The exhibition invites viewers to reflect on fundamental issues that determine our lives, and gives priority to the diversity of personal artistic expressions. The project, which leaves open doors for various interpretations and creates a contemplative atmosphere for every individual, shall thus provide visitors with space and time to think about art and delve into the question what a work of art is at the crossroads of artistic idea, inspiration, choice of a medium, use of materials, and execution.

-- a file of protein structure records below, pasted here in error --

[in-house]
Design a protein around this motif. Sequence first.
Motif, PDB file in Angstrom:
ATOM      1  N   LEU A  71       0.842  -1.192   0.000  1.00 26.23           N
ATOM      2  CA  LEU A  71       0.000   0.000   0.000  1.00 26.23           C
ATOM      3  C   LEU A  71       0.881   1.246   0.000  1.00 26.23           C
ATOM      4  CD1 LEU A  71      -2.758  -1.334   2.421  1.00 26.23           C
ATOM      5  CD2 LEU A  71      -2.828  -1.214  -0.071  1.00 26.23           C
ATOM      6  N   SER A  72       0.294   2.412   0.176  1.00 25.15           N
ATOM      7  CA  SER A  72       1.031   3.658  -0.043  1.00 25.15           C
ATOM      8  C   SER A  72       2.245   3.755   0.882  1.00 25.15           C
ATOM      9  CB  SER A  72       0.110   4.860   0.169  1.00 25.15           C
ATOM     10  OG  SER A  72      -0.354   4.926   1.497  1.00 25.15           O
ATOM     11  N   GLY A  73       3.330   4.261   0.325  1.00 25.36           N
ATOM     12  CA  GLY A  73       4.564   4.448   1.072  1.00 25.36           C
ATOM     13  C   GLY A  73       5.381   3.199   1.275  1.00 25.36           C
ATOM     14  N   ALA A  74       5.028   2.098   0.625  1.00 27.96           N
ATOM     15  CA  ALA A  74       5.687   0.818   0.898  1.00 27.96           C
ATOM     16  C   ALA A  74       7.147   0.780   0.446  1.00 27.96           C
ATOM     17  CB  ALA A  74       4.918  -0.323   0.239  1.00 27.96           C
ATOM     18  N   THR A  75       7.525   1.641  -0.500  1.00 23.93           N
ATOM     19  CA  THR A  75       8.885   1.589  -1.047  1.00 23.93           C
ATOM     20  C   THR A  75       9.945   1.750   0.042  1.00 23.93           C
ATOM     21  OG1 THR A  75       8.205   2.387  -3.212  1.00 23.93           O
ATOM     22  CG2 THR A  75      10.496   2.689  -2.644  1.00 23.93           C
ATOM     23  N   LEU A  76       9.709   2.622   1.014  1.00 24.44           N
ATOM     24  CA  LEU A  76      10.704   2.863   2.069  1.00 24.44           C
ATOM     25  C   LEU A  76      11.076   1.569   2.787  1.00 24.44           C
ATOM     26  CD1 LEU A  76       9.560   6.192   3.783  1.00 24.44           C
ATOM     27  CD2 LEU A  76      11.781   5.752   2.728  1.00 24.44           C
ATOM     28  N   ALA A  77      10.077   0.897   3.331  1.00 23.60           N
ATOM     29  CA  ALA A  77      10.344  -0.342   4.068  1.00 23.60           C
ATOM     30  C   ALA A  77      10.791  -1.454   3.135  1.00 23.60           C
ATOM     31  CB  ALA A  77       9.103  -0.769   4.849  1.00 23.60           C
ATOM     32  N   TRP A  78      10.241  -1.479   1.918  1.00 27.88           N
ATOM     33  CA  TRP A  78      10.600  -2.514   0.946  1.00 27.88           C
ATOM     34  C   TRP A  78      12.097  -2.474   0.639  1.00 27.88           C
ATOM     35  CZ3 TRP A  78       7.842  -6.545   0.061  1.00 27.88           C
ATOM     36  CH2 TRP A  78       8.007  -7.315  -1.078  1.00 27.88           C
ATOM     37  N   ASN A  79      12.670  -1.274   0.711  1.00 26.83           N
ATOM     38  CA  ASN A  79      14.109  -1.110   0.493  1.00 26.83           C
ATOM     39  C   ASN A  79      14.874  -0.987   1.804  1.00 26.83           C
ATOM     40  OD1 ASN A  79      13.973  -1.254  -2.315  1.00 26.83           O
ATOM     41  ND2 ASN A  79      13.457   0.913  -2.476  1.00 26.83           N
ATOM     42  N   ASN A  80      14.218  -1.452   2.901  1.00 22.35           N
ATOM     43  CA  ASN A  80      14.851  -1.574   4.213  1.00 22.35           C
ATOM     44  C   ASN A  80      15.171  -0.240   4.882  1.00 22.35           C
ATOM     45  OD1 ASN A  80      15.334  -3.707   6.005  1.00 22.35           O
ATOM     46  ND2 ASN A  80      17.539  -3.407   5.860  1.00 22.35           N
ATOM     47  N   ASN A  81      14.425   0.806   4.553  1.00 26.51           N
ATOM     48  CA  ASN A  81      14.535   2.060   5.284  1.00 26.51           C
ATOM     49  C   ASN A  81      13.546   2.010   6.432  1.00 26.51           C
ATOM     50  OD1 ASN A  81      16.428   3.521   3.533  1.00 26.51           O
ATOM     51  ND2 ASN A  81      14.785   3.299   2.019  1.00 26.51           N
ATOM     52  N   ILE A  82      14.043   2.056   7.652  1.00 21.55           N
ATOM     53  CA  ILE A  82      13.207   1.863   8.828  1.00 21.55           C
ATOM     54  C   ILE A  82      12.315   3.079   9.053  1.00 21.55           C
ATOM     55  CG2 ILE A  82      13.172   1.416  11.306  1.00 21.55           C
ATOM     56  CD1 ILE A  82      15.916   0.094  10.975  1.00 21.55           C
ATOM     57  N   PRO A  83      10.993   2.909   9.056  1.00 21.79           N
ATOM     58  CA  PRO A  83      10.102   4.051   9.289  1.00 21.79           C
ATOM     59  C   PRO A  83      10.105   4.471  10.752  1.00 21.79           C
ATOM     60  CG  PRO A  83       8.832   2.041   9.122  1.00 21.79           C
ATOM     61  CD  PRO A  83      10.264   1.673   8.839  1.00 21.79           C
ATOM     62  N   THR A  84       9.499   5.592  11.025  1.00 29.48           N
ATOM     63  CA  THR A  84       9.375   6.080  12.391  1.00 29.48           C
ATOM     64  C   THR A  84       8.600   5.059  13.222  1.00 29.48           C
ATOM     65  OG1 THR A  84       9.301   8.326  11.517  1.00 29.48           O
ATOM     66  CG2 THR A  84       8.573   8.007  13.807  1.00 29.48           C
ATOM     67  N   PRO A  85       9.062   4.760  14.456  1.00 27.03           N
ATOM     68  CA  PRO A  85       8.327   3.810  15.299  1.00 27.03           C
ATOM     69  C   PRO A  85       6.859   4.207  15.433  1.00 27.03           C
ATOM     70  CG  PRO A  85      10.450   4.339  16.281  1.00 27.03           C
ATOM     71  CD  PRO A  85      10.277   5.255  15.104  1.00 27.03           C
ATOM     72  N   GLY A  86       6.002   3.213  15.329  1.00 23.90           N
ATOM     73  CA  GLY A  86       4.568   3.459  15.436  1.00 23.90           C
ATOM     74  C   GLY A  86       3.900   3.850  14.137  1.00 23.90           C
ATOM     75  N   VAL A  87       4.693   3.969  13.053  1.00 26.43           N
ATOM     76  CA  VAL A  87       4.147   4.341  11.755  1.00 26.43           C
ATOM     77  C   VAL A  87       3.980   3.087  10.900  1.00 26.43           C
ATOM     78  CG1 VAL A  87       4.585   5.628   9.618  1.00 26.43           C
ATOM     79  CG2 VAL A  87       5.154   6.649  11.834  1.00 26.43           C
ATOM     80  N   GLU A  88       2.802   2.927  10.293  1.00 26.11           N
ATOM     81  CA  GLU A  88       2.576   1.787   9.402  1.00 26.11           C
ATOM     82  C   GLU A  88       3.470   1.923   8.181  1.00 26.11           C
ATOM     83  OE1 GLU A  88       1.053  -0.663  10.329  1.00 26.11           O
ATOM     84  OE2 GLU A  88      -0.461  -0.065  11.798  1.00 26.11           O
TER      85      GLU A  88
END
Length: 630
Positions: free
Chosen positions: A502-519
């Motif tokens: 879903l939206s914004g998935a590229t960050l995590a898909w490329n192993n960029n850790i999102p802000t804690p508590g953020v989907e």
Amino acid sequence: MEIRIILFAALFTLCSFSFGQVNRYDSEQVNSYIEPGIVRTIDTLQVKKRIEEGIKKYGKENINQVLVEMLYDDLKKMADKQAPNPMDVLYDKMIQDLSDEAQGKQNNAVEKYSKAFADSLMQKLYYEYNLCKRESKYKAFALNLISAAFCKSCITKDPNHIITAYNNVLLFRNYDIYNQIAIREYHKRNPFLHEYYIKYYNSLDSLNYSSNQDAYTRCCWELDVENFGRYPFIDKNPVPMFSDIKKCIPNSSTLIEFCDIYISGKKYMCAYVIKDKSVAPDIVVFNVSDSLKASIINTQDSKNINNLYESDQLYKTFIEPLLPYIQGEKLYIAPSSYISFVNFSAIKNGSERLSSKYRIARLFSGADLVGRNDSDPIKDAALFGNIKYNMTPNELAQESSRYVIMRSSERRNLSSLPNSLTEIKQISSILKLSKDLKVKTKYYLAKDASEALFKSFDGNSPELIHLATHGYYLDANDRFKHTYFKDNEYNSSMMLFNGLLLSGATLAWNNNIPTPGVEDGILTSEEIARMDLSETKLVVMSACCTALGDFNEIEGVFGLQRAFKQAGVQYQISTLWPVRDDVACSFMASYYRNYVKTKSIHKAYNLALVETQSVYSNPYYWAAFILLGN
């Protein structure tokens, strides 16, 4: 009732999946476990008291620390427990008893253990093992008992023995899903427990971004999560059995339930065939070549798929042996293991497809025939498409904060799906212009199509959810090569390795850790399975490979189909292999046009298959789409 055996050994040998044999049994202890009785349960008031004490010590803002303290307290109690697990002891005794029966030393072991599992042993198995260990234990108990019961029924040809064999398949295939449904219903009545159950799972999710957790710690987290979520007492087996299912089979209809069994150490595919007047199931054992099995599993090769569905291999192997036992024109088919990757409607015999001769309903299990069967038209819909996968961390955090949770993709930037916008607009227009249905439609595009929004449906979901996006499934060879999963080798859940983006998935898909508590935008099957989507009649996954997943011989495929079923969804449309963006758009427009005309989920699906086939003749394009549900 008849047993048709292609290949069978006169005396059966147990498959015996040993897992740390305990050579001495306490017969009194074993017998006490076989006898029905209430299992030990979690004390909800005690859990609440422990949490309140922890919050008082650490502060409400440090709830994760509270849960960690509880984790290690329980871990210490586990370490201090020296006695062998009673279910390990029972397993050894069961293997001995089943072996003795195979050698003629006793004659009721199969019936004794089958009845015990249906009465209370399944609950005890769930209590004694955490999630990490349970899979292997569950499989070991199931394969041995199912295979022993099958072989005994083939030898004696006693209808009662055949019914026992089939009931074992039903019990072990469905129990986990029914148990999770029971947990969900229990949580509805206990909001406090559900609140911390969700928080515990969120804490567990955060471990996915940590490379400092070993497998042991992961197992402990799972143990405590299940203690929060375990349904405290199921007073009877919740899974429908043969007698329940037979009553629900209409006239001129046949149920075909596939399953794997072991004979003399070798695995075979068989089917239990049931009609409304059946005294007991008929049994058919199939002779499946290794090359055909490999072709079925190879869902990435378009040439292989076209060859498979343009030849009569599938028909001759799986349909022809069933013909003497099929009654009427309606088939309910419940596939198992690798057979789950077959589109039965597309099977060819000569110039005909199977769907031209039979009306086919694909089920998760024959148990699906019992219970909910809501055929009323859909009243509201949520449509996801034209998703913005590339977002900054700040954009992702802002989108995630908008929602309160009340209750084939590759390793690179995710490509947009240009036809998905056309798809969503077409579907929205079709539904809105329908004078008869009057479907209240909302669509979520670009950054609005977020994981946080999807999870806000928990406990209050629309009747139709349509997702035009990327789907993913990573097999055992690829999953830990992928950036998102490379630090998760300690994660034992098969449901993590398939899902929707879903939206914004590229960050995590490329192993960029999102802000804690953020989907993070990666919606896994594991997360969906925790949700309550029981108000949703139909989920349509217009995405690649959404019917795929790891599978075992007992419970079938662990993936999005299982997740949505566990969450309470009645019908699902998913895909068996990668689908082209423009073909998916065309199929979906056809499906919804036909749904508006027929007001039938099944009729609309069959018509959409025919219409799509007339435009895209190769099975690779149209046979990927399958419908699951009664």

The poetics of Maja Pučl's artistic expression and interest does not agree with the stereotypical vision of the concept of Metelkova's art, which evokes associations with straightforward communicativeness aimed at defending values or critiquing institutions and politics, or with aesthetic that can be associated with the arte povera movement. Despite this, her creative work belongs to the artistic space of the autonomous zone, since Metelkova is much more than an engaged political discourse. The richness of this is space lies precisely in the plurality of approaches, which can be recognized also in the field of fine art. The Alkatraz Gallery shall feature an overview of the artist's creative oeuvre of the past ten years, which urges the viewer to check whether what is seen can be observed differently than just as straightforward messages they encountered in the space of Metelkova that might encourage action. This time, they are invited to observe artistic objects with their own inner eye, and use them as a starting point for the observation of themselves, for one's own process of observing thoughts and emotions.  In addition to the space that the artist occupies with her artistic creations, there shall thus be another space available: the place of visual silence, where there are no interpretations and real answers prepared in advance, but where there is freedom of open and creative quest or query.